Or is it a curse? Knowing your days are so numbered. Knowing you will not live your life out, you won’t grow old. Living with the stress that every day you wake up you are that much closer to the end. Going for the tests and hearing the dreaded results day after day, week after week. Watching your body as the disease slowly kills you.
Some parents who have enough time have made video-tapes for their kids to listen to. Some have written long journals to leave behind. They know they are leaving and they want to be remembered, so they do whatever they can to leave something meaningful behind. They want to leave some sort of legacy, some proof they were here on this earth and made a difference.
But as I said before – how can they mentally handle knowing that they are dying? It must be such a burden, such an unnatural thought, something that our brains were never designed for. People can really only relate to something they know, and this is something that not many of us can really comprehend – knowing our days are so limited and so finite.
Andrew was in the first group – he never knew. He never knew he was going to die so young. He never knew he would not make it to graduate college, or get married and have a family. He didn’t know how finite his days were. He made himself sushi for dinner, he watched TV, called to say goodnight to Dorothy and me, and then he just went to sleep. That was it. He passed very quietly and peacefully in the middle of the night, not knowing what he has missed out in life. Not knowing anything.
He never let me know what to do with his car, or what to do with his snowboard – who should get it. He left his valuables just lying around in his room. His phone was charging, his computer was left on, his laptop was downloading music and videos. He had no reason to think he would not be with us in the morning. It was to be his first day of class, he bought all his books, he got his notebook ready, he even wrote in his calendar “First Day of Classes.” He didn’t know.
As I look back on this, and as I learn more about grief and suffering and pain, I am almost thankful for the way he passed – not that he passed, but the manner in which he was taken from us. Andrew was a fragile soul. He was a kind, gentle human being. He thought things out to such detail, and always questioned everything, in a positive way. He had compassion for anyone and everyone he met. He had no hate, no fear, no animosity in his life. He was happy every day – but he did not handle stress well. He loved everyone he knew, and always helped others. He had no enemies. His coaches always told us that no one ever disliked Andrew, His teachers welcomed him into their closed classrooms for lunch, just to sit and eat and listen to him talk about life. He loved to listen to others as well.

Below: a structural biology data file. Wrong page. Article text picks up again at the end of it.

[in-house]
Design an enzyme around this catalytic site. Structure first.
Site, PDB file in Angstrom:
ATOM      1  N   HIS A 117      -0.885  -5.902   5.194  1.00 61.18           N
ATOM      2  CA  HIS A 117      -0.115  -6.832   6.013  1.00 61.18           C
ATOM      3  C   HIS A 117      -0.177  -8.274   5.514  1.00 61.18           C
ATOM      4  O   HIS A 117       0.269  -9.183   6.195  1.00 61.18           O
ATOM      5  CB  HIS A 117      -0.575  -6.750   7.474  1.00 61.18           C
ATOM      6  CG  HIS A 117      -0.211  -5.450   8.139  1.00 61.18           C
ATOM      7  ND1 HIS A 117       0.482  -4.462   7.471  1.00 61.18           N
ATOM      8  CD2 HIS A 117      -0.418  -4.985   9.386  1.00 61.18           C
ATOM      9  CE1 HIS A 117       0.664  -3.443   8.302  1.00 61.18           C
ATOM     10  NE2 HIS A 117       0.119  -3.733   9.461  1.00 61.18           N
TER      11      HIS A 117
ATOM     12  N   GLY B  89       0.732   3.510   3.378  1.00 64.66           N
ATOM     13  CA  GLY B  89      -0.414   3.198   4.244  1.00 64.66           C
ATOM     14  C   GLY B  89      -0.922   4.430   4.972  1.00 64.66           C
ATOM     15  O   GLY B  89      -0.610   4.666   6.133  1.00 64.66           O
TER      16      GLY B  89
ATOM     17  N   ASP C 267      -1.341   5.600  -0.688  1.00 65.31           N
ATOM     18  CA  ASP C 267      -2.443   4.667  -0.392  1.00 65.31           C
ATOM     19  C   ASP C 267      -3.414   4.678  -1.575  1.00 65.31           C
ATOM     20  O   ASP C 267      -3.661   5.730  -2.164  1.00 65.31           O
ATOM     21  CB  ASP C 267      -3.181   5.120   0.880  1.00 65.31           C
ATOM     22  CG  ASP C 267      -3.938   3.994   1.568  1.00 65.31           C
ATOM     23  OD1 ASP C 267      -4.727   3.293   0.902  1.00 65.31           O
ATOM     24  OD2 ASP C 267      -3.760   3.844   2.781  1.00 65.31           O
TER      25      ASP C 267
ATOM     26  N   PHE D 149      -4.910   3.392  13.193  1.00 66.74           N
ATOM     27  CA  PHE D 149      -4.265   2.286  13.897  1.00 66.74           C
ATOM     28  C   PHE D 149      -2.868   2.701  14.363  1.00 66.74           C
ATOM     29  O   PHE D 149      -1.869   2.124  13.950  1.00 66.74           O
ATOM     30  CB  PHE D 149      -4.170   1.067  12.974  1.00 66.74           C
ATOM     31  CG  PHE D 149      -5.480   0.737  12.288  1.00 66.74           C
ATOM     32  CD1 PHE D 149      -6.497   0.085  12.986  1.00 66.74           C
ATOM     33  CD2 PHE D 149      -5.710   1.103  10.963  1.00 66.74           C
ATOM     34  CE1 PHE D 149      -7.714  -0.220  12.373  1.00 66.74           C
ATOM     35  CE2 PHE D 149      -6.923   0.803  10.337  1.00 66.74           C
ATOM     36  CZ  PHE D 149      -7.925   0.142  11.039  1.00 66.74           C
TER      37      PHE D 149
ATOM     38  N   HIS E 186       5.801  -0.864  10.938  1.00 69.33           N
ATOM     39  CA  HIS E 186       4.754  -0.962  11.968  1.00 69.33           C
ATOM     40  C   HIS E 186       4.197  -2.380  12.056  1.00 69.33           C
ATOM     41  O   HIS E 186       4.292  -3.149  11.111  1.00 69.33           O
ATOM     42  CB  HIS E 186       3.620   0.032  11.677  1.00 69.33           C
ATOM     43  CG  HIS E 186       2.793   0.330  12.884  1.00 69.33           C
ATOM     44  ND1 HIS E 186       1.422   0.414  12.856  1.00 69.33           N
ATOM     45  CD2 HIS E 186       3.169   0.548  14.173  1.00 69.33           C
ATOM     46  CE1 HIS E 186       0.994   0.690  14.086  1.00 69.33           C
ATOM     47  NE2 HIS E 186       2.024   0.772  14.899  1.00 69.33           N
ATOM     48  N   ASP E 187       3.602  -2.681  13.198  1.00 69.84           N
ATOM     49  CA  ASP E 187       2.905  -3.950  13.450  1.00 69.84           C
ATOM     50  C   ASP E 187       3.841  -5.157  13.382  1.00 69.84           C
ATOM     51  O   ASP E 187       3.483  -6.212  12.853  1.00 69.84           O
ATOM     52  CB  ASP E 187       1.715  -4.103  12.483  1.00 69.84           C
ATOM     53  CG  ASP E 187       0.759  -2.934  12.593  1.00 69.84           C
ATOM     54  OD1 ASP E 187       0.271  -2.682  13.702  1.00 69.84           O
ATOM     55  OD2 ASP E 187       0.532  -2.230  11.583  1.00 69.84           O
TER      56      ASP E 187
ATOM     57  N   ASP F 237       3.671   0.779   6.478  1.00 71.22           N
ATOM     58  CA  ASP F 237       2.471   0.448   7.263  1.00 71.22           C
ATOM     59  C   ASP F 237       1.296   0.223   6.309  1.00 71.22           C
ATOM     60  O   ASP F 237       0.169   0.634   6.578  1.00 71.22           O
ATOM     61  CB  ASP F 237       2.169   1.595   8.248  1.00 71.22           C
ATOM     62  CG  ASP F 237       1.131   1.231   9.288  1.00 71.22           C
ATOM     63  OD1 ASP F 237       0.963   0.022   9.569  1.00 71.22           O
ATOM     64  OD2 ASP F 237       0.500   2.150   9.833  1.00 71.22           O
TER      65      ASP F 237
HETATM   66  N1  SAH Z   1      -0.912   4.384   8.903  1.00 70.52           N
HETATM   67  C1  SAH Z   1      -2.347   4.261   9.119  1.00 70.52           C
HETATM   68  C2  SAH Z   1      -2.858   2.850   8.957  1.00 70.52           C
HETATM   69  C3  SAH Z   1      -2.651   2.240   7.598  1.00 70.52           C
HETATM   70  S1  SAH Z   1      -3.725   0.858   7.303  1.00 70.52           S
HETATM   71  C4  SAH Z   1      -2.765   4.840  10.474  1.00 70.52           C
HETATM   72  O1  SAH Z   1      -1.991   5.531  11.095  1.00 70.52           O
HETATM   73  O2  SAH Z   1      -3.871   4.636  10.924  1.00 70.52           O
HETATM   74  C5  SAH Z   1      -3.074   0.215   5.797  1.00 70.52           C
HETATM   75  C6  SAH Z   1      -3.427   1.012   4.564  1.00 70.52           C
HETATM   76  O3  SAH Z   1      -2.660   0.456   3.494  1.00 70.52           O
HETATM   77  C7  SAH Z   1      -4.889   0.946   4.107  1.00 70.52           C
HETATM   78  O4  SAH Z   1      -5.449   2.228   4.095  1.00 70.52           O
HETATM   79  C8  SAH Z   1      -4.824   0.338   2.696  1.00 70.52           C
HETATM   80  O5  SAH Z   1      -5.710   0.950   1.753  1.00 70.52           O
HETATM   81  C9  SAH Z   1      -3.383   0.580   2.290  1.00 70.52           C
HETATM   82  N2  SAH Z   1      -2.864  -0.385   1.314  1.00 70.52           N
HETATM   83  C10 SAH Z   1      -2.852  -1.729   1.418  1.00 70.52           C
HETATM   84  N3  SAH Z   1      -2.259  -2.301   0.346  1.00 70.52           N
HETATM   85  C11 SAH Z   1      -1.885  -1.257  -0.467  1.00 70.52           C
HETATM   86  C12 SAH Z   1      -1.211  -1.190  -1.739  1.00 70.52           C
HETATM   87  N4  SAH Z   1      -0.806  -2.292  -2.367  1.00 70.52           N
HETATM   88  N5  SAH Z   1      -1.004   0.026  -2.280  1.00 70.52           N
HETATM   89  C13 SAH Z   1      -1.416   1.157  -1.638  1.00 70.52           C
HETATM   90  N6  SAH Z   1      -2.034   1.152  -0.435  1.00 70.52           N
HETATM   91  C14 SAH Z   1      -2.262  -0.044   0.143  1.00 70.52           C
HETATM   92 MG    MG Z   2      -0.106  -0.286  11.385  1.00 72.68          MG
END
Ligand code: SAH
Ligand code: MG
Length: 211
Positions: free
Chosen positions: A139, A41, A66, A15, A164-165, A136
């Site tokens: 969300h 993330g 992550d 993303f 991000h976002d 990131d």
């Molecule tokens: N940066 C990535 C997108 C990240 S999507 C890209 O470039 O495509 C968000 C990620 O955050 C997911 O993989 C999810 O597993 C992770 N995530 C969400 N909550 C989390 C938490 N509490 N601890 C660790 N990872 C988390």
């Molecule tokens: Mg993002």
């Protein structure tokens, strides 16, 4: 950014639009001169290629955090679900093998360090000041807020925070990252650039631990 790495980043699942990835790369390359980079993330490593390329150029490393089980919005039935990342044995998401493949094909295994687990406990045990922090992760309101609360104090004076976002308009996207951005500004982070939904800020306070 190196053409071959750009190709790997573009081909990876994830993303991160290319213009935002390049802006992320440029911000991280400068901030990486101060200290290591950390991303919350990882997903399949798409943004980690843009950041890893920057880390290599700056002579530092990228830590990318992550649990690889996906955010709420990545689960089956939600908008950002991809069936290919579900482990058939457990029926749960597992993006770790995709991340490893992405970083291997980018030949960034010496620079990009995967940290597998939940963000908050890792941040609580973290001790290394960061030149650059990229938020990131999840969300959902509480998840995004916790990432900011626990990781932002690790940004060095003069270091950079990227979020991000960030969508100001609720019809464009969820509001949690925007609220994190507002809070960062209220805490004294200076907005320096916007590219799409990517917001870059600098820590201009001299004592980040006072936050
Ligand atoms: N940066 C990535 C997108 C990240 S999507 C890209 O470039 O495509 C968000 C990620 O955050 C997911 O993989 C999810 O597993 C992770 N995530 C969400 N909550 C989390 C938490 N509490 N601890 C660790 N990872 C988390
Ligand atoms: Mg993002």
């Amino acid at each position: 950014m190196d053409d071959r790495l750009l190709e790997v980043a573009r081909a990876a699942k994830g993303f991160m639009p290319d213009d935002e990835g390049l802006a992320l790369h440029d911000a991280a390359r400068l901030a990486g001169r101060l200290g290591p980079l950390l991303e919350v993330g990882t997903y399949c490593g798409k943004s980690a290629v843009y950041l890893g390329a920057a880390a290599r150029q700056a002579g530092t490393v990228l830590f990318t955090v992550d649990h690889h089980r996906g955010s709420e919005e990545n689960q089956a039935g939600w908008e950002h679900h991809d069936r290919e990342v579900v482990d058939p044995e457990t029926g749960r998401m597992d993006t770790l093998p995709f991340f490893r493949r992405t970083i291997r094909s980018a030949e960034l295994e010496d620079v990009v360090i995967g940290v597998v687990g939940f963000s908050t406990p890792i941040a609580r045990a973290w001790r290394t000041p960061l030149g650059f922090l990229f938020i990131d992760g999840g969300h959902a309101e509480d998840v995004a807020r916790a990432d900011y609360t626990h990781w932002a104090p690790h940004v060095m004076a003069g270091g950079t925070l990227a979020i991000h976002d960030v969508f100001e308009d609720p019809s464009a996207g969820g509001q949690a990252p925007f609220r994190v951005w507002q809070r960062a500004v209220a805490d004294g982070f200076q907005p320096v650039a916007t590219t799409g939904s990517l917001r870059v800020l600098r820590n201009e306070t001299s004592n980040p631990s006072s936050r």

I know he never had the chance to say goodbye. He never got the chance to tell us things I am sure he was holding inside. But I am okay with that.
He never had to look into our eyes and say goodbye to his mother, his sister and me. He never had to tell us those things that bothered him. He never had to hold his beloved pets and say goodbye to them, knowing he would never see them again. That would have hurt me so much more. The pain that would have caused him would have been so much, I would not have been able to bear it. And I do not think he would have been able to handle that either.
So the question is – is it better to know and have the ability to make peace, but live with the knowledge the end is near? Or is it better to just lie down and pass – oblivious to the fact that your life as we know it is about to end?
So tell me – are you thankful for the way your close ones passed? Are you at peace with the way they were taken? Or would you have liked it some other way? Of course we would all have liked it not to happen, that is a given. But it did happen to us, and we are left here to think about it for the rest of our lives.